Earlier this month I covered a few estate planning issues in an article entitled, “Dotting the I’s and Crossing the T’s of Estate Planning”. In that article I addressed the potential problems created in an estate plan when children or other trusted individuals are added to accounts for assistance with management. Just recently, one of my clients called seeking assistance when they received disturbing information from their bank.
My client is married and has one son from a previous marriage. Like many in second marriages, he wants to assist in taking care of his wife but also wants to transfer a substantial part of his estate to his only child. Several years earlier during a visit by his son, the father added his son to several of his bank accounts for the purpose of managing those accounts in the event of his disability or death. While we were not aware of this addition, the banks were willing to assist and provided their standard paperwork for this process. In doing so, the son was made a joint owner of the accounts.
No harm - no foul for several years. The father continued to use the accounts and reported the income on the accounts, that is until a letter arrived from the bank. Unfortunately, the son went through difficult times in recent years. First was the loss of a job followed by years of various kinds of employment; some were wage while others were contract. Then a divorce occurred followed by the demand for child support in addition to finding a new home. During these difficulties, the son failed to file several years of tax returns, and with the reduction of income and the new expense of child support, the income he did receive was consumed by living costs, and he did not pay into the IRS for his taxes during these years. During his last job in sales, he was starting to do well and even won a new car from the company. But since it was contract work, he was still responsible for paying in taxes, which he did not, and the car he had won was considered taxable income as well.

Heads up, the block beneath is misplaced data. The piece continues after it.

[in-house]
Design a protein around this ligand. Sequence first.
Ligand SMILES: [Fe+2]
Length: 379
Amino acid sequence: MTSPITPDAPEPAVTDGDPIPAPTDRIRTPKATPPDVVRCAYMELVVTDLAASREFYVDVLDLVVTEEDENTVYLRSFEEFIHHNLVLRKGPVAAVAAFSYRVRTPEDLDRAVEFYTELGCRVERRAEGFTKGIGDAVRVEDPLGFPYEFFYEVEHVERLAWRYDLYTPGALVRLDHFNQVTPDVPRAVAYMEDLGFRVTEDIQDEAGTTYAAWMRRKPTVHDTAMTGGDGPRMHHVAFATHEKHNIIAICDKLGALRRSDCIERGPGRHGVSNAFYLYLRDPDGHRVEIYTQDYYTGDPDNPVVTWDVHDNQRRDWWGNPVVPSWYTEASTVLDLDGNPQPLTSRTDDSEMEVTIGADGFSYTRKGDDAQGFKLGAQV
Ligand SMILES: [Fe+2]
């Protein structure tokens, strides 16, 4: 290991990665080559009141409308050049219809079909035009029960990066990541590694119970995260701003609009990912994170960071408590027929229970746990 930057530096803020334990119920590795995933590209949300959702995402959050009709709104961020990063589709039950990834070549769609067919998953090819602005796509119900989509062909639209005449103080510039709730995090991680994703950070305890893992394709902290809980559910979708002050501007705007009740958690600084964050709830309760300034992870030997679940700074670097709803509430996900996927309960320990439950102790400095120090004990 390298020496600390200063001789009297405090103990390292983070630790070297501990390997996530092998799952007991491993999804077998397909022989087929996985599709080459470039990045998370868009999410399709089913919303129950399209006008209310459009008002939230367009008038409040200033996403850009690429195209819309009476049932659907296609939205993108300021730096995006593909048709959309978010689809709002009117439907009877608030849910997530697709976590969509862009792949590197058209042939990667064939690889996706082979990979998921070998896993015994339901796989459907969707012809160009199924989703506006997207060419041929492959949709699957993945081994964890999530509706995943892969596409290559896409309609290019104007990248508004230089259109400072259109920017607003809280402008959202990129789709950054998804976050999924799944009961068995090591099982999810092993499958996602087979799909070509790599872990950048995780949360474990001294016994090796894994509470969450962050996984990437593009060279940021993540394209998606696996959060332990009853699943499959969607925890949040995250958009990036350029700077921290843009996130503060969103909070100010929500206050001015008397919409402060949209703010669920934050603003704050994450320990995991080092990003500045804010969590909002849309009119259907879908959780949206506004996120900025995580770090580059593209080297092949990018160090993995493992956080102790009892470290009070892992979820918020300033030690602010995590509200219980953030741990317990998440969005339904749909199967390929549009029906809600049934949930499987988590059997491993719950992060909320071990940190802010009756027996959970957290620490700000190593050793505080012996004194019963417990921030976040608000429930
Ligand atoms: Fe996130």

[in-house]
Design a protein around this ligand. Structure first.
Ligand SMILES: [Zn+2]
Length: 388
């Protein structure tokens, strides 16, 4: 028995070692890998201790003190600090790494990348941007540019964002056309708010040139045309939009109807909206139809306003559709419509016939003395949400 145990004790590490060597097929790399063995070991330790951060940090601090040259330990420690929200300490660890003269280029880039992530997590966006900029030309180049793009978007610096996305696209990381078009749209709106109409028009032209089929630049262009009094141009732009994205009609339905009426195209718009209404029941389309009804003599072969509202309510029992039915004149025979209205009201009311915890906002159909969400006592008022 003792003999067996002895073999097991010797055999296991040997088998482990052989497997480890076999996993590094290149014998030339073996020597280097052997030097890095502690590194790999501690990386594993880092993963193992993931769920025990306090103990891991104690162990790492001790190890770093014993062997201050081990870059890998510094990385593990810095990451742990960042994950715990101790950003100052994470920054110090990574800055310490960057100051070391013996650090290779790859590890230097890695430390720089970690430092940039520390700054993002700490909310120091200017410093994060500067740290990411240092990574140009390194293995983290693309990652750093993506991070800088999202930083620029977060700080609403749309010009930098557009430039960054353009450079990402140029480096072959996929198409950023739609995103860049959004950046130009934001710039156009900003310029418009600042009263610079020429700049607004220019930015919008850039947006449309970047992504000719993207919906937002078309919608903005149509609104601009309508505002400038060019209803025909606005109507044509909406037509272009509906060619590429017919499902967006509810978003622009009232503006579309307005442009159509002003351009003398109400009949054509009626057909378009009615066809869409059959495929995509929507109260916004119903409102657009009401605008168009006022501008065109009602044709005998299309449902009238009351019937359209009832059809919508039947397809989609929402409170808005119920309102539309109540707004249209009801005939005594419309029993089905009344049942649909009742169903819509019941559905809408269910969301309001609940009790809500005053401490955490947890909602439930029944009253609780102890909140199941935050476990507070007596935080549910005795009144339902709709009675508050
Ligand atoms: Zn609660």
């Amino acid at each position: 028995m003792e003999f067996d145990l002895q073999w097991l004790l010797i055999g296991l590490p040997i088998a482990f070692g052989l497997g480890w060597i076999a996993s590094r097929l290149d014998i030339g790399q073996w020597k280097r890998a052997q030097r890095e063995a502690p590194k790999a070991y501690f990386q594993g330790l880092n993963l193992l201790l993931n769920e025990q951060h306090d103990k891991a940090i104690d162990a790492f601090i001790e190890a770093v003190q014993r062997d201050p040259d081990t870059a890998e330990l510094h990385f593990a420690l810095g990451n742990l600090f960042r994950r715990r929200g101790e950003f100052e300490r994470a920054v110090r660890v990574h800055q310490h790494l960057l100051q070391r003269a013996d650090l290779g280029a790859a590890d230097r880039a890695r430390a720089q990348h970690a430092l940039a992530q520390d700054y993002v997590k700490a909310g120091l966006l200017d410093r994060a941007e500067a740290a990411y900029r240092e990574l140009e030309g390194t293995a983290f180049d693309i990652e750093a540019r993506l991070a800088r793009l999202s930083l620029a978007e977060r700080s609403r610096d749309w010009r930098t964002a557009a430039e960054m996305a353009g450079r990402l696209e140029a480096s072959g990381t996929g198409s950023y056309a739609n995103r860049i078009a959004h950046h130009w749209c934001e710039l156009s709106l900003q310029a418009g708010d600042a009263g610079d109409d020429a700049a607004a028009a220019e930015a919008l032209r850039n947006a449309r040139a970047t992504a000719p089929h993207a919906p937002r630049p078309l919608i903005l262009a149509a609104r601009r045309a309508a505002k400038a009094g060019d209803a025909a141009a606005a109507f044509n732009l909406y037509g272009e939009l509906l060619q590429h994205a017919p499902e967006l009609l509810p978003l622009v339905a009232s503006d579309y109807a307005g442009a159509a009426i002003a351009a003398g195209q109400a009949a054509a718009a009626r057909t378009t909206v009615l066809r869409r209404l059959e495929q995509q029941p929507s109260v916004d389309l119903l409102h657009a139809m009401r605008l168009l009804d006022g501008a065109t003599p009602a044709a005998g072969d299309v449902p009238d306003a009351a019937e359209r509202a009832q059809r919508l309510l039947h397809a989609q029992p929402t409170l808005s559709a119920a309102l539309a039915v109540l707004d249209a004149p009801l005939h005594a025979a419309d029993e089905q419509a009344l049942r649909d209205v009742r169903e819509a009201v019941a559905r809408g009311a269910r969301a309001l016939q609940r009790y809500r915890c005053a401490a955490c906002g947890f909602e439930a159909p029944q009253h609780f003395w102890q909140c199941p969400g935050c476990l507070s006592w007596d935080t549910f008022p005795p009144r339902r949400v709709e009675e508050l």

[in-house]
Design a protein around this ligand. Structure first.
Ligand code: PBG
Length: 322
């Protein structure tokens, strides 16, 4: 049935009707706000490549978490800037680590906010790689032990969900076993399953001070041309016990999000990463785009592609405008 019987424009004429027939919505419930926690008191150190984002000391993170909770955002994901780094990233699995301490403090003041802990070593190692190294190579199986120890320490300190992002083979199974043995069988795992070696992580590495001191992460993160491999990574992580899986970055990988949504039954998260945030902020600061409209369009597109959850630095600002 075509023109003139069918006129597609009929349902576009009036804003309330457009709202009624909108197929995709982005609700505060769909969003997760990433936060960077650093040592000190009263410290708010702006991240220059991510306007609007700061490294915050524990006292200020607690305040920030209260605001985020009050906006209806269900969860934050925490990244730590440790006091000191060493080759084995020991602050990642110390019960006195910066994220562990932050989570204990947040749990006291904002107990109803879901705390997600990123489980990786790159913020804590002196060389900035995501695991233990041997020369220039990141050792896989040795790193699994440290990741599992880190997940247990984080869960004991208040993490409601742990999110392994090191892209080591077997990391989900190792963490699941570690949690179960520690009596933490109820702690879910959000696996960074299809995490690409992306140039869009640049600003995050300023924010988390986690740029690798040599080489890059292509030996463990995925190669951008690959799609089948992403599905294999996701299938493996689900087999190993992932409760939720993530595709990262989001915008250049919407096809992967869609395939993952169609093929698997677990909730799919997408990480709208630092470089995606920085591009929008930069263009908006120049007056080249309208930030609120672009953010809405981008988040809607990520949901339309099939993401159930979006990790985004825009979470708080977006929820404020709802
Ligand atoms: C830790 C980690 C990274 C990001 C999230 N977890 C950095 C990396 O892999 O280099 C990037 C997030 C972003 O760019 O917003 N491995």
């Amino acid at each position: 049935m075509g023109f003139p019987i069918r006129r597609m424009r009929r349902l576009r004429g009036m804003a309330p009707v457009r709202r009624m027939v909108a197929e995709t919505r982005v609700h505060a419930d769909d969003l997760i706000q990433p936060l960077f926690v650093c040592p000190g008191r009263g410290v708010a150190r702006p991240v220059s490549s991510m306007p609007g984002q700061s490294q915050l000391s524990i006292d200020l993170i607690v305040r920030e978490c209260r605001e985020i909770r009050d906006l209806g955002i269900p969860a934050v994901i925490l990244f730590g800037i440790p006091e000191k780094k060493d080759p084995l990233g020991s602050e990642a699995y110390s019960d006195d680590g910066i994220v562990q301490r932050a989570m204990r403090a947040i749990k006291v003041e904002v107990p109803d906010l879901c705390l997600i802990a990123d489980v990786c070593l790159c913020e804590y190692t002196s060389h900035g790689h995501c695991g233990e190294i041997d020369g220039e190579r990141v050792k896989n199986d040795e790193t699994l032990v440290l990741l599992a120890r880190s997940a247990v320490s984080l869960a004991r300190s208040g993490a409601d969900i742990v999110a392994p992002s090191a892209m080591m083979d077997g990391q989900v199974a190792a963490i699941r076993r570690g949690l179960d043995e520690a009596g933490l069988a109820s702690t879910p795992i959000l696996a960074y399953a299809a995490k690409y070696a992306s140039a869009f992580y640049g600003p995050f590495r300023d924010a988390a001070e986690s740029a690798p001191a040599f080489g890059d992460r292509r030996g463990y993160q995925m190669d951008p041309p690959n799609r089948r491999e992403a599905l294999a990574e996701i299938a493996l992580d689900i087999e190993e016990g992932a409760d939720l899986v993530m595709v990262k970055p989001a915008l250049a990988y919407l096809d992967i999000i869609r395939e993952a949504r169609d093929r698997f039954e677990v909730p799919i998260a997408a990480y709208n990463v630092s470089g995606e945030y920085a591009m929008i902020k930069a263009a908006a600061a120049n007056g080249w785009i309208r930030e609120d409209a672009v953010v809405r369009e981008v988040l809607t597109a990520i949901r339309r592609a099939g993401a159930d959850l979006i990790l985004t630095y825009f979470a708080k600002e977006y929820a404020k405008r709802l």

The letter from the bank my client received was a notice that the IRS was seizing thousands of dollars from his bank account to pay the his son’s taxes. Since the son was now listed as a co-owner, the IRS could claim these assets to satisfy the son’s debts, and my client had thirty days to respond. Clearly, this did not make for a good day of sipping a cup of coffee and reading the mail. Now the father is embroiled in the process of encouraging the son to get his taxes in order and in direct conversation with the IRS trying to satisfy their requests to prove none of the assets in the account actually belonged to the son. While the outcome is still unclear, it is obviously a process no one would want to go through.
For my client, it was a debt to the IRS by his son. But it could also be a claim from the courts for back child support or a law suit judgment. Adding children or anyone else as co-owners of an account can open a can of worms no one wants to deal with. While the actual account owner may prove the co-owner did not contribute to the account and loss of funds may be avoided, the time and expense to do so is something to avoid.
Using a durable financial power of attorney is one option. Another option is adding the person’s signature to the bank account as an “agent” and not an owner. This may not be the most common way to add someone to an account, but most banks should have this as an option. Before adding someone to the account for convenience, be sure it also does not become a liability.
For assistance with insurance, estate planning, and managing investments, contact me at Quality Financial Concepts or one of the other Certified Financial Planners in our area. To continue a personal quest for education, you can also view our learning center on our website, www.goqfc.com. There you will find articles on a variety of topics, on-line seminars, calculators, as well as a host of other free tools.